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Many OECD non-member economies are involved in different parts of the OECD's work on education. Involvement includes full participation in particular activities, a review of some part or all of the non-member country's education system and participation in the OECD's Global Forums on Education.
OECD work with non-OECD economies aims to contribute to their economic growth, social development and good governance practices. This work is crucial to the OECD so that it remains at the cutting edge of policy dialogue and analysis. Although work on education in emerging and transition economies is a high priority in the programme of work of the Directorate for Education, the activities rely almost entirely on voluntary contributions from OECD and non-OECD countries and other institutions.
About Education in Non-Member Economies
Upcoming Meetings and Current Work
Reviews of National Policies for Education: Higher Education in Egypt 2010
For some years now Egypt has been undertaking far-reaching reforms for increasing the competitiveness of the country and making it attractive for foreign direct investment. Aware that the success of this endeavour depends largely on the education and skills of the population, the Government of Egypt invited the OECD and the World Bank to jointly conduct an independent review of the higher education system and to formulate options for immediate and longer term policies towards developing its human capital.
The examiners’ report recognises the reform efforts already invested, but it also recommends paying particular attention to the immediate need for structural reforms, for more flexibility and efficiency in governance and institutional management, and for increasing the capacity of the higher education system to deliver relevant education to a broader range of students. If not addressed in a timely manner, these challenges will impede the development of Egypt’s full potential to serve the needs of the country. The examiners’ report was prepared against a comprehensive background report provided by the Egyptian authorities.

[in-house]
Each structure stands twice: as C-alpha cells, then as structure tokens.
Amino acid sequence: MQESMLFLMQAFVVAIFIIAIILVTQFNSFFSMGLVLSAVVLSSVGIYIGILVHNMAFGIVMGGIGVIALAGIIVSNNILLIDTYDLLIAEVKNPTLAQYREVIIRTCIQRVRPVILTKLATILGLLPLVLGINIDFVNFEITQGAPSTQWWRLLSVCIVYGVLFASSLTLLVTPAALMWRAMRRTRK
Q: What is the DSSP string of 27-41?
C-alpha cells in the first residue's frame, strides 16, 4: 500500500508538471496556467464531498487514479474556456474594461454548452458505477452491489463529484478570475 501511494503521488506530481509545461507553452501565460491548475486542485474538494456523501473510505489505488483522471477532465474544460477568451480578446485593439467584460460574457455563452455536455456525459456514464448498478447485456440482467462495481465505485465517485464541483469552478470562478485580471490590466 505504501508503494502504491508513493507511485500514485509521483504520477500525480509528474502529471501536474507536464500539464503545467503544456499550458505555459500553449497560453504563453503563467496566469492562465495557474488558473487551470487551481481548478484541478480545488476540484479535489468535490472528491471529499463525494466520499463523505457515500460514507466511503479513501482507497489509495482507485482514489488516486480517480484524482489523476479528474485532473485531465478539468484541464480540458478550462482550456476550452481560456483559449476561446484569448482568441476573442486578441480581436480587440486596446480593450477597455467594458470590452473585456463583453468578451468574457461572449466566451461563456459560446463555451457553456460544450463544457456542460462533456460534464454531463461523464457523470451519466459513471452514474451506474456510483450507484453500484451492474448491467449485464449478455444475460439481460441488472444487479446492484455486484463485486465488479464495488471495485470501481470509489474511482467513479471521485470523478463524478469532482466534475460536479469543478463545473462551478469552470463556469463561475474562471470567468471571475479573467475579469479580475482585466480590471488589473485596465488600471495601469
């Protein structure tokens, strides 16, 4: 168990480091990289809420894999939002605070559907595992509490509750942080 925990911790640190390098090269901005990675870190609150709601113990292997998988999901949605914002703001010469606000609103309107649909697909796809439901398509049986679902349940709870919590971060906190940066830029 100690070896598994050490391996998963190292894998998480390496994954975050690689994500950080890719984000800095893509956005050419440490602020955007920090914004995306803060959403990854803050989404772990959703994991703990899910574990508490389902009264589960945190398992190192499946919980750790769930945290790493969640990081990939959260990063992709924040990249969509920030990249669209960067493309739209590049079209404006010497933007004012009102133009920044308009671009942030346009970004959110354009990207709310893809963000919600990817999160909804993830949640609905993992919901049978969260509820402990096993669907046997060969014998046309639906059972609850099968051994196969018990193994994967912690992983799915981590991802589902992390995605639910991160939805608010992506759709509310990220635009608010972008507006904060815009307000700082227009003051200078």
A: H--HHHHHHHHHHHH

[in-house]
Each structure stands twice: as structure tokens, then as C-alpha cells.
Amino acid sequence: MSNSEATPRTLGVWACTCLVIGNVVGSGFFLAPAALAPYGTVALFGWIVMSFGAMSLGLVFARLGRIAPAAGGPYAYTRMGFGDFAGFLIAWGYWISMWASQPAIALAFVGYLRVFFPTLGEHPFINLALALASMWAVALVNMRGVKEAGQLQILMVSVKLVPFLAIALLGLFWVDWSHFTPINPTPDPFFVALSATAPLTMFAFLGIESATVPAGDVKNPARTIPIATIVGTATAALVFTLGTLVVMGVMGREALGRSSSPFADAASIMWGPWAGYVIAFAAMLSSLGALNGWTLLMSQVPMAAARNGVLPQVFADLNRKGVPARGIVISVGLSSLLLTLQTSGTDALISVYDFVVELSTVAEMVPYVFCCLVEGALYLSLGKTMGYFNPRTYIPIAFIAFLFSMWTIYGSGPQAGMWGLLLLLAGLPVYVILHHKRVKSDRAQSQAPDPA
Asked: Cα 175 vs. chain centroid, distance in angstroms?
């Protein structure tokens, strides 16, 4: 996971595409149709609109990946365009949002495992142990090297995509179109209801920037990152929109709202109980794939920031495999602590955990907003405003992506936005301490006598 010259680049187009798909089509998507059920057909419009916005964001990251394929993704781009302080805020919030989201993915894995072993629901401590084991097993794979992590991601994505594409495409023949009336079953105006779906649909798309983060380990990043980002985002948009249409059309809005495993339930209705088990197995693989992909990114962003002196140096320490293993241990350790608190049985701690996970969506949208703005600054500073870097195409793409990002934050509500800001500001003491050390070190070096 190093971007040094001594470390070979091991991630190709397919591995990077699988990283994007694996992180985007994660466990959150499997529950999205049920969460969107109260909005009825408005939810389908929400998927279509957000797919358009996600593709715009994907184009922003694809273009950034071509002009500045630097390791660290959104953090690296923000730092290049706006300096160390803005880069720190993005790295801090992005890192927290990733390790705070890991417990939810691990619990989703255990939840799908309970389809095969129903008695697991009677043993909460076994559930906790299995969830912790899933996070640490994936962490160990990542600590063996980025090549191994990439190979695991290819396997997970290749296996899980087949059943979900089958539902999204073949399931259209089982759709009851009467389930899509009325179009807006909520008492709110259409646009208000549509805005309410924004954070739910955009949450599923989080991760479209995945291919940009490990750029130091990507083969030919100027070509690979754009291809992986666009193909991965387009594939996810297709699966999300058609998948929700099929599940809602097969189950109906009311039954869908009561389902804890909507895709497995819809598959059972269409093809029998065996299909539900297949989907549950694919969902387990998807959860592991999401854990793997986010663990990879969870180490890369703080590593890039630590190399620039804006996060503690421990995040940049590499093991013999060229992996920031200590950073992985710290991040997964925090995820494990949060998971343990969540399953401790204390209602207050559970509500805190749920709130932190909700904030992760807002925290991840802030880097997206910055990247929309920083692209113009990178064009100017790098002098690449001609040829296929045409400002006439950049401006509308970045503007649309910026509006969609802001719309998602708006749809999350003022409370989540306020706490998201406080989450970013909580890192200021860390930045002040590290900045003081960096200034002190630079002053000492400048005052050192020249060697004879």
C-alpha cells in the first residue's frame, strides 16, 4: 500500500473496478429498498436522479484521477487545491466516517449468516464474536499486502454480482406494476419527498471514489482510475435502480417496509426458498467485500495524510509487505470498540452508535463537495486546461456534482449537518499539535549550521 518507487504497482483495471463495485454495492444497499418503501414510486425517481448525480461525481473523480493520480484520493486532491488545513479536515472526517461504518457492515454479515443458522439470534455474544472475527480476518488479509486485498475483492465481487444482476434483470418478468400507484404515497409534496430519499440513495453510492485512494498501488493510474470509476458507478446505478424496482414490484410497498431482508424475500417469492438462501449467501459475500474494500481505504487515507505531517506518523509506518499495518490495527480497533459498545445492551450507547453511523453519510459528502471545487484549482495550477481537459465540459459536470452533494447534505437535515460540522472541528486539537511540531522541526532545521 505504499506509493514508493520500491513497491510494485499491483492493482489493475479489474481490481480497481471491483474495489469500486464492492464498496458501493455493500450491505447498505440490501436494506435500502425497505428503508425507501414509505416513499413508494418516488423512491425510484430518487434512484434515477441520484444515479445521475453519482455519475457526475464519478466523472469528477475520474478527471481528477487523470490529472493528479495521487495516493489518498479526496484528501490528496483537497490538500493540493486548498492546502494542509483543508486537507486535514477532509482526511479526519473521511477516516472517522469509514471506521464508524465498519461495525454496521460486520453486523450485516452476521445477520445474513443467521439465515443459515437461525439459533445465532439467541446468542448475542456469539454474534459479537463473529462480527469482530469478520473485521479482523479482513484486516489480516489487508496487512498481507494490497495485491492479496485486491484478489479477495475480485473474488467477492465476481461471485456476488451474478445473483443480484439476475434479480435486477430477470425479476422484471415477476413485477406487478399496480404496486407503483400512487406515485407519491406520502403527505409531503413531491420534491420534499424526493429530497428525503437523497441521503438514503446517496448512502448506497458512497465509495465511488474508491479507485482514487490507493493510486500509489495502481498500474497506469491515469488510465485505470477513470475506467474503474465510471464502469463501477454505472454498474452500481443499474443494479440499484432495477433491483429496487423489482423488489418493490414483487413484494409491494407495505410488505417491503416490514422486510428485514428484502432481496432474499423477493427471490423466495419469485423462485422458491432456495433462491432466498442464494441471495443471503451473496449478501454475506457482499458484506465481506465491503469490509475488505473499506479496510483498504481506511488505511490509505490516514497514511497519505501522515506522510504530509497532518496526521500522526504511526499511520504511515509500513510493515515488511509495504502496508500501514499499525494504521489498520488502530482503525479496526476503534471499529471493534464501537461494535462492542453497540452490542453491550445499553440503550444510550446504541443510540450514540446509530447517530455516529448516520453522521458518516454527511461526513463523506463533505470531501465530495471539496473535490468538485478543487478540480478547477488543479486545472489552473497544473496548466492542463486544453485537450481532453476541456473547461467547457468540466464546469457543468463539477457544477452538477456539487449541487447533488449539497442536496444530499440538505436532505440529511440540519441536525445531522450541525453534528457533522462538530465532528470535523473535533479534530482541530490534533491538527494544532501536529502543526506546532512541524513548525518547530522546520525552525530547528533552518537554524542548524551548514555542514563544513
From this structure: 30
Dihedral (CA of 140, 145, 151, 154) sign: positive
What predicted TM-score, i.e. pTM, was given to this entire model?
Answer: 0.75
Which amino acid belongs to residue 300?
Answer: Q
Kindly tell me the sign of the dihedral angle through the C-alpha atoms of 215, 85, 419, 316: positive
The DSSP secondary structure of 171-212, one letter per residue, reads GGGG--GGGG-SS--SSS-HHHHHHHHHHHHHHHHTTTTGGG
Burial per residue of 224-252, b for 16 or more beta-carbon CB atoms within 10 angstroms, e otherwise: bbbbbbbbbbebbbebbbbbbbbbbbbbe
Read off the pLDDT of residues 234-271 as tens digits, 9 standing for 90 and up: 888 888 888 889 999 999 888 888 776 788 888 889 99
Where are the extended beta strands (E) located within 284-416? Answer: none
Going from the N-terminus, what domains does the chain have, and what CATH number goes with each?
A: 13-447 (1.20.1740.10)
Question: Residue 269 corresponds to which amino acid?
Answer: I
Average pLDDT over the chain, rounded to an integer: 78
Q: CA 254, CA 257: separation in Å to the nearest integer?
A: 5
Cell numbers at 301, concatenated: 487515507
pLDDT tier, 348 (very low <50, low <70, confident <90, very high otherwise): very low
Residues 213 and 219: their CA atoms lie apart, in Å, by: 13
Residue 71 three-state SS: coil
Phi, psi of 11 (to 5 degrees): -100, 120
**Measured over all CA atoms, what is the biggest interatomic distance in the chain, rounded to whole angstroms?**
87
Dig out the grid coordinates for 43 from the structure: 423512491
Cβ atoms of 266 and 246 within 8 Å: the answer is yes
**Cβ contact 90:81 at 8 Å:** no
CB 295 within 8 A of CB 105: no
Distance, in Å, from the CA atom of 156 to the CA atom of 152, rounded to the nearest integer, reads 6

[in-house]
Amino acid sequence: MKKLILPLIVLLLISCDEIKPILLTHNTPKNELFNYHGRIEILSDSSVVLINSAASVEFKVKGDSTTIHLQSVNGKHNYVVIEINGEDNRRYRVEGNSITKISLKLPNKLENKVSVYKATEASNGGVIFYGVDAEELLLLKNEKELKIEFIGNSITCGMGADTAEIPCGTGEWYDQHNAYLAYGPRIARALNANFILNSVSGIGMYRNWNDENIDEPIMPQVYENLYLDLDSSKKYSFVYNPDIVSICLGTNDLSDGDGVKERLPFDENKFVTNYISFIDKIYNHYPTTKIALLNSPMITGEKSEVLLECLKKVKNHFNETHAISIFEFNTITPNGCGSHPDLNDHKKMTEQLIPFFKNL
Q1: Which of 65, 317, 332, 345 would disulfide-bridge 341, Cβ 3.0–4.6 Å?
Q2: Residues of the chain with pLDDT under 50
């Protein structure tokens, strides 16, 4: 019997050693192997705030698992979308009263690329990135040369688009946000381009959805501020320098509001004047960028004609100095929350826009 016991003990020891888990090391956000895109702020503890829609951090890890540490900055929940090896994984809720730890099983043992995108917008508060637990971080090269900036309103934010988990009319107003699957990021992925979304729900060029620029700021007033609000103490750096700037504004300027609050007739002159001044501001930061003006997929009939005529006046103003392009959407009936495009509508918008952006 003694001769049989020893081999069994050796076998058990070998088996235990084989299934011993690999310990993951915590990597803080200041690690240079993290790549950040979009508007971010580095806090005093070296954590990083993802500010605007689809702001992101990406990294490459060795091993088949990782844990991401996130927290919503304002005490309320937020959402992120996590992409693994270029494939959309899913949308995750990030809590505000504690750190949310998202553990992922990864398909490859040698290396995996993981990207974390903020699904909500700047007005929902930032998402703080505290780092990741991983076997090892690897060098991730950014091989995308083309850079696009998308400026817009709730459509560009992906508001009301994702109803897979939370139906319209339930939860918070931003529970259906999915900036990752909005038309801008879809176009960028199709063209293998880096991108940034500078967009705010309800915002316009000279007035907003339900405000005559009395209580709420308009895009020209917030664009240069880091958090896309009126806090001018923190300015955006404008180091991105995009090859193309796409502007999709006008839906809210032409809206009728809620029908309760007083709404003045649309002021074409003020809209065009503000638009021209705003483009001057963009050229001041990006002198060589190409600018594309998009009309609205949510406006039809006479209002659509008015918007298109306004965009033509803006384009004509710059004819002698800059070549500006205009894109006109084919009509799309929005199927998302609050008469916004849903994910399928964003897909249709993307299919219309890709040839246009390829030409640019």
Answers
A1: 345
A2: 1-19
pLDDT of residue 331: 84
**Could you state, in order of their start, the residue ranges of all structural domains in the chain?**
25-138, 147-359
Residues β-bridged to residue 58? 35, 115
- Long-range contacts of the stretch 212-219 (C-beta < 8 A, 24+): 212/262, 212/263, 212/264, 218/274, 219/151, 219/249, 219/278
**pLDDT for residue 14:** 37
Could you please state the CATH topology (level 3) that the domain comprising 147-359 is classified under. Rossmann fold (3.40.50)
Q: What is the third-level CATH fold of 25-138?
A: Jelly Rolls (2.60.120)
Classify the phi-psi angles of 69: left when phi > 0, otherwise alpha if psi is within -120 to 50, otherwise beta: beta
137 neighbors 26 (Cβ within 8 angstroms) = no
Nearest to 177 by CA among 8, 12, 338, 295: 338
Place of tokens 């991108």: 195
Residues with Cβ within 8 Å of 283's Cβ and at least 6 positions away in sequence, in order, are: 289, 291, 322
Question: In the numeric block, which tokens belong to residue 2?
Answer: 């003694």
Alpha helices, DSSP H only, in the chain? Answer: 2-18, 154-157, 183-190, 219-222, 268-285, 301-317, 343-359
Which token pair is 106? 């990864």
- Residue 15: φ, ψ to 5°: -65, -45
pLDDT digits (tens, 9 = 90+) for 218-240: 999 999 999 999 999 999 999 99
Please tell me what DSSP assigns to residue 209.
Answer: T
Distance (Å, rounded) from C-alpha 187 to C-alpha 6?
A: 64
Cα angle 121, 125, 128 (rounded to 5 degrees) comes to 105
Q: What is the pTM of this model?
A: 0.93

The review was undertaken within the Programme of Work of the OECD Directorate for Education Programme for Co-operation with Non-Member Economies in partnership with World Bank Human Development Department of the Middle East and North Africa Region. The review was financed by the Government of Egypt and the World Bank with an in kind contribution from the European Training Foundation.
National PISA Report Kyrgyzstan
Reviews of National Policies for Education: Santa Catarina State, Brazil
Meetings and Review Publications
Reviews of National Policies for Education - Kazakhstan, Kyrgyz Republic and Tajikistan 2009 (Students with Special Needs and those with Disabilities)
Reviews of National Policies for Education: Tertiary Education in Chile
Education has been a central priority of Chile since the return of a democratic government in 1990 and remains a priority as Chile prepares itself for OECD membership. A firm commitment to access and equity has led to ever increasing numbers of young people entering tertiary education which has posed challenges for financing and quality. The government has successfully responded to these challenges, but, as enrolment continues to grow, new policies will need to be implemented to achieve the goal of a world class tertiary education system responsive to the requirements of a global economy.
This joint OECD and World Bank review gives a brief overview of post-secondary education in Chile and describes its development over the past twenty years. It presents an analysis of the system, identifies key directions for policy reform in light of the challenges encountered by officials, communities, enterprises, educators, parents and students. It concludes with a set of key recommendations concerning the structure of the system and its labour market relevance; access and equity, governance and management; research, development and innovation; internationalisation; and financing. This report will be very useful for both Chilean professionals and their international counterparts.
Reviews of National Policies for Education: South Africa